The Problem is the Altar

Rev. Robert Fleischmann, National Director, Christian Life Resources

(Leviticus 18:21 NIV) “Do not give any of your children to be sacrificed to Molech, for you must not profane the name of your God, I am the LORD.”

The story of children being sacrificed to Molech has haunted me most of my life. As we have grown to cherish life as a wonderful gift of God, it is unimaginable how anyone could intentionally end the life of a child on an altar. In the case of Molech, it was the altar for a false god.

Today we see parallels with abortion. In abortion its advocates recognize that a life is taken and justify it by calling abortion a “necessary evil.” But in the end, a child dies on the altar of personal desire or convenience.

The same can be observed on end-of-llfe matters. When a life becomes a burden it is a candidate for termination. When a life is no longer wanted it can be ended. When someone no longer likes their life the seek assistance in death. Again, a life dies on the altar of personal desire or convenience.

Yet, however revolted we are to abortion, euthanasia or 1o the story of the child sacrifices to Molech, we cannot ignore the story of Abraham and Isaac. There, the true God issued this command: (Genesis 22:2 NIV) “Take your son, your only son, Isaac, whom you love and go to the region of Moriah. Sacrifice him there as a burnt offering on one of the mountains I will tell you about.”

What is it that makes the sacrifice of Isaac acceptable and all other sacrifices unacceptable? It is the altar, You see, asking Abraham to sacrifice Isaac isn’t the only shocking thing to come from God. Do you remember the words of Jesus talking about loyalty: (Luke 14:26 NIV) “If anyone comes to me and does not hate his father and mother, his wife and children, his brothers and sisters — yes, even his own life — be cannot be my disciple.”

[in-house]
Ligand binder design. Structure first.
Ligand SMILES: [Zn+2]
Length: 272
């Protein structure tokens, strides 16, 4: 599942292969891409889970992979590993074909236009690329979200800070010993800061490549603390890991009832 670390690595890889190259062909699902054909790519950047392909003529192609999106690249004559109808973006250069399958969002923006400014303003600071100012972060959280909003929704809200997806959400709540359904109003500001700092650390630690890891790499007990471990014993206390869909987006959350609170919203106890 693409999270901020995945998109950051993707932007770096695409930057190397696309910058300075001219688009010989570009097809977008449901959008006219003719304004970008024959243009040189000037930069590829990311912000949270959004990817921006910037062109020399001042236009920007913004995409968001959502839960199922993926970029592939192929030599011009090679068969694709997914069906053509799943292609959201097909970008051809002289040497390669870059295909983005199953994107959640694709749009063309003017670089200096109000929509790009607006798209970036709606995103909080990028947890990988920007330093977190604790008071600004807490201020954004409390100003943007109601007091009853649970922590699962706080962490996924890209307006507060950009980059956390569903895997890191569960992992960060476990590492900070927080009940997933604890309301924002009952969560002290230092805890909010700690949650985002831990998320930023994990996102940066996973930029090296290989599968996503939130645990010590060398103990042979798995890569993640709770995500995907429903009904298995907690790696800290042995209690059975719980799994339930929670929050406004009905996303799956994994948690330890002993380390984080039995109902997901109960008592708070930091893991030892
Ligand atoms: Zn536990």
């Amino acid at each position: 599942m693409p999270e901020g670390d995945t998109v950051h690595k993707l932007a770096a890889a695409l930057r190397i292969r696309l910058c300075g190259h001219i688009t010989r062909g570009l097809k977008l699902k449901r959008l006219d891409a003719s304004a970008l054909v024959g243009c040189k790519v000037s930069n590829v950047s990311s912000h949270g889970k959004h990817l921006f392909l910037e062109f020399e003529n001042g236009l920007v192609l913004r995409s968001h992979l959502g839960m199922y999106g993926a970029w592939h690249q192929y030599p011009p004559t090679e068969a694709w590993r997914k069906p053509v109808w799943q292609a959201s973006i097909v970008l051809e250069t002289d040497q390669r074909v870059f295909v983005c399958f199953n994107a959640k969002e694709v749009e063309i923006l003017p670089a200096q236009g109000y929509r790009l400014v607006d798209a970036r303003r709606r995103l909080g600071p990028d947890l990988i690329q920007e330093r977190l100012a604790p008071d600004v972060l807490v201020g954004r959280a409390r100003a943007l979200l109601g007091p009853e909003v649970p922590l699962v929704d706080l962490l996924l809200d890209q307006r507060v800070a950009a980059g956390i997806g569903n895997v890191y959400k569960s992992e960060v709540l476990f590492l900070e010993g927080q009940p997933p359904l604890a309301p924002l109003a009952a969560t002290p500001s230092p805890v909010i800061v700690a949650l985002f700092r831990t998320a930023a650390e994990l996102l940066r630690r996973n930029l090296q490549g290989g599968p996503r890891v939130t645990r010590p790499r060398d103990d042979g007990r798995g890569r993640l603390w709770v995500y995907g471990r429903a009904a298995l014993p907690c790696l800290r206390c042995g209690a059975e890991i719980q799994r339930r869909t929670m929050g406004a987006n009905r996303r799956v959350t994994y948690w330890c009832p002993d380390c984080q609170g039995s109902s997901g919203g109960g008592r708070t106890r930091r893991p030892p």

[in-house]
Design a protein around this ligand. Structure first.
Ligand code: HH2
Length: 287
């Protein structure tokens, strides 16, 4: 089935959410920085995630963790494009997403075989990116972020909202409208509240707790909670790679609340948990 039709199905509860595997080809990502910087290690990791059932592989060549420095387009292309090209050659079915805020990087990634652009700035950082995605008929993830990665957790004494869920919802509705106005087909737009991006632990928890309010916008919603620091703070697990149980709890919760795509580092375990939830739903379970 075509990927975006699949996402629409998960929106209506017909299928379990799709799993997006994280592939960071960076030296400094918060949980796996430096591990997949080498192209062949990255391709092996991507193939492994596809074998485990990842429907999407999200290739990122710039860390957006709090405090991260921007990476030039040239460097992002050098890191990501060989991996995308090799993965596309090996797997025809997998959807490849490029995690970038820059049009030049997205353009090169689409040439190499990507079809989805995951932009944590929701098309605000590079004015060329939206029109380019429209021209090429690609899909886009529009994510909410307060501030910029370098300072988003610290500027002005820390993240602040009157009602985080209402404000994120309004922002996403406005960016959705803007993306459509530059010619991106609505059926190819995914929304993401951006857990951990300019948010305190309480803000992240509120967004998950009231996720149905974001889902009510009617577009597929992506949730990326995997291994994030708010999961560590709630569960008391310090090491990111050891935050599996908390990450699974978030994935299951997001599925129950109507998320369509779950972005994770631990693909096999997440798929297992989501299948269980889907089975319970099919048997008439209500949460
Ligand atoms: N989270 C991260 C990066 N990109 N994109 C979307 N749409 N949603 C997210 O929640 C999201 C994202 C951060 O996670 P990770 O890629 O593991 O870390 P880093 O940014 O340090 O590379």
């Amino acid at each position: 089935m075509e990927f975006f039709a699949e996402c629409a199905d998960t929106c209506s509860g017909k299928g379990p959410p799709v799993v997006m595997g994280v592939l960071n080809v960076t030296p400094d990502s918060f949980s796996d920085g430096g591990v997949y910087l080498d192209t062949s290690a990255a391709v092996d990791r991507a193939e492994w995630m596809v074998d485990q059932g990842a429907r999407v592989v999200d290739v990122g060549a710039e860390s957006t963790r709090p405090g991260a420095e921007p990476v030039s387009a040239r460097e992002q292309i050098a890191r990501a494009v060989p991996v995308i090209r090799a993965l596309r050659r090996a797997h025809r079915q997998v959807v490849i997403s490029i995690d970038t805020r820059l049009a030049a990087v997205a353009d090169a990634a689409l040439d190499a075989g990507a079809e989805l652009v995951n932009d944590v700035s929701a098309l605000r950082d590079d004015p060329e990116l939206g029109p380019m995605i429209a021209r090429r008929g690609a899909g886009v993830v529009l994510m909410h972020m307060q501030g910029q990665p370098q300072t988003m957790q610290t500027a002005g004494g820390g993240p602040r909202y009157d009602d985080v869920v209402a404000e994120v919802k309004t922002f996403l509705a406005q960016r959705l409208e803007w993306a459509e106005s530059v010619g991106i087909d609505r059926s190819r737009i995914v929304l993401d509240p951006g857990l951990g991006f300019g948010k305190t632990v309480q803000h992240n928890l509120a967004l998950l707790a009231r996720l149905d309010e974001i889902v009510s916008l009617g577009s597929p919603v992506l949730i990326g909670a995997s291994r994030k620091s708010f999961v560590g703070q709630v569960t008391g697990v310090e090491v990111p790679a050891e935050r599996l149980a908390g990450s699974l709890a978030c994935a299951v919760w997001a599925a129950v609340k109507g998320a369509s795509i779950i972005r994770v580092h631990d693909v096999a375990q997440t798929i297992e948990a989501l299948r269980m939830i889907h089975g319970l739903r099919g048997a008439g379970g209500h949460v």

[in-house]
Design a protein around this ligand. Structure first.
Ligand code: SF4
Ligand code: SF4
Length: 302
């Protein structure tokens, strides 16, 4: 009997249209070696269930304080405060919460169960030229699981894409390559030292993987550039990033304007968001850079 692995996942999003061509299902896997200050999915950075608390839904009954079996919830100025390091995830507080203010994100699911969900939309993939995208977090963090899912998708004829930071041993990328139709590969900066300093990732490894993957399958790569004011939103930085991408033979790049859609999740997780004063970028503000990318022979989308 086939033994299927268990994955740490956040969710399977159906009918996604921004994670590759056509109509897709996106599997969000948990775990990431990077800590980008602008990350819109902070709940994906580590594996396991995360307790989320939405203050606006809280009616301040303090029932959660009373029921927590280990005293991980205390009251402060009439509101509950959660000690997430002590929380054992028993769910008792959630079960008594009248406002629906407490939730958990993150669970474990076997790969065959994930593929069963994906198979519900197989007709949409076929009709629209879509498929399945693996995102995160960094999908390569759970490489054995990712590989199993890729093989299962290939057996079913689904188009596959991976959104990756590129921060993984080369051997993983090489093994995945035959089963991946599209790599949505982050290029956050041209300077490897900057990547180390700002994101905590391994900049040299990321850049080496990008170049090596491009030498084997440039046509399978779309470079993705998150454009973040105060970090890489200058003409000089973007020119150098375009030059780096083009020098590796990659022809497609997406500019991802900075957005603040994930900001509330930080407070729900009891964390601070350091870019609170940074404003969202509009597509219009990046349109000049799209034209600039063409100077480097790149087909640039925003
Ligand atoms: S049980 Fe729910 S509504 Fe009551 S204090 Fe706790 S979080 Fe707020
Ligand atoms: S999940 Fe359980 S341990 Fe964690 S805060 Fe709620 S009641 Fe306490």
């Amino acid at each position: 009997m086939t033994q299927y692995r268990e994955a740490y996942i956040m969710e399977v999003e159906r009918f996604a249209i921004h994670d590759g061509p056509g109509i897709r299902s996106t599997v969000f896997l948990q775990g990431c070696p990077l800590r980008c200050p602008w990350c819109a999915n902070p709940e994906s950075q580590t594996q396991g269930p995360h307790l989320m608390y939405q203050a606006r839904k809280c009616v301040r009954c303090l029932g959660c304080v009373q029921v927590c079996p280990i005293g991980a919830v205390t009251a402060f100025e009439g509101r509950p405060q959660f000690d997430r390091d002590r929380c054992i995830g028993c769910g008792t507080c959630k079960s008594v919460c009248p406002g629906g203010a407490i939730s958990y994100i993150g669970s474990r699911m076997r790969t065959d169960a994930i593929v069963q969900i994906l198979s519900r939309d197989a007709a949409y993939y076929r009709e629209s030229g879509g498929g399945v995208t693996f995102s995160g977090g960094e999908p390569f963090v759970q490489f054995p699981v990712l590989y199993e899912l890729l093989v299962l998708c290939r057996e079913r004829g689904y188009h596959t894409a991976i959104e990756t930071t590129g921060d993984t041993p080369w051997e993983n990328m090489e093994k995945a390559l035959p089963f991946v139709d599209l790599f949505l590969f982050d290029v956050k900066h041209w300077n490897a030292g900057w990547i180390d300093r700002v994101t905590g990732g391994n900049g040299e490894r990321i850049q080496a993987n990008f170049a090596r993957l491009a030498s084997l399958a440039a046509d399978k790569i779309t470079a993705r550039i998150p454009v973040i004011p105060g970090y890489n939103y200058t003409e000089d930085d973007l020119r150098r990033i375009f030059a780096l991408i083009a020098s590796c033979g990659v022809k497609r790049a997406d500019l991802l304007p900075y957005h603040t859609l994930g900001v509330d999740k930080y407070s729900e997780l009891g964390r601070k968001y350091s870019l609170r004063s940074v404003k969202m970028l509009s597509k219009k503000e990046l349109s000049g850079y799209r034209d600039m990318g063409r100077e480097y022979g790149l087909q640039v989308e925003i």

How can God make such incredible requests of his people? It is because our allegience to God is not dependent upon logic or emotion but on faith. Abraham was willing to sacrifice his own son trusting that God would be faithful to his promise to still provide offspring. He didn’t know how God would do it — he simply believed it because God said it.

The altar of Christian service is not one of personal gain or selfishness. The altar of Christian service begins with faith There may be logic in aborting life in its absolute earliest stages. It may seem reasonable to terminate lives or allow people to terminate their own lives if they are no longer productive. But because we serve before the altar of God, logic and reason take a back seat to God’s clear directives.

Two of those directives touch us immediately in these issues. The first is the directive not to murder. God is the Author and Terminator of life. It is not our place to presume life should end because it lacks quality or is inconvenient. Life is to be respected and protected.

Secondly, we are to love. We are to help our neighbor in every bodily need. We are to feed the hungry, care for the sick and protect the innocent. We are to speak up for those who cannot speak for themselves. And we do this because we worship at God’s altar.

There are many times when we are tempted by other altars. The altar of convenience may not lead us to take a life but often it will tempt us to ignore endangered life. The altar of selfishness may not lead us to decisions to stop feeding a loved one, but giving in to the temptation of being selfish may lead loved ones to feel unwanted, unloved and suicidal.

With each thought, word, and action of our lives we must never forget we are at worship before God. It is wise to remember that our sojourn in life brings us past many altars. But our activity in life is worship before God’s altar.


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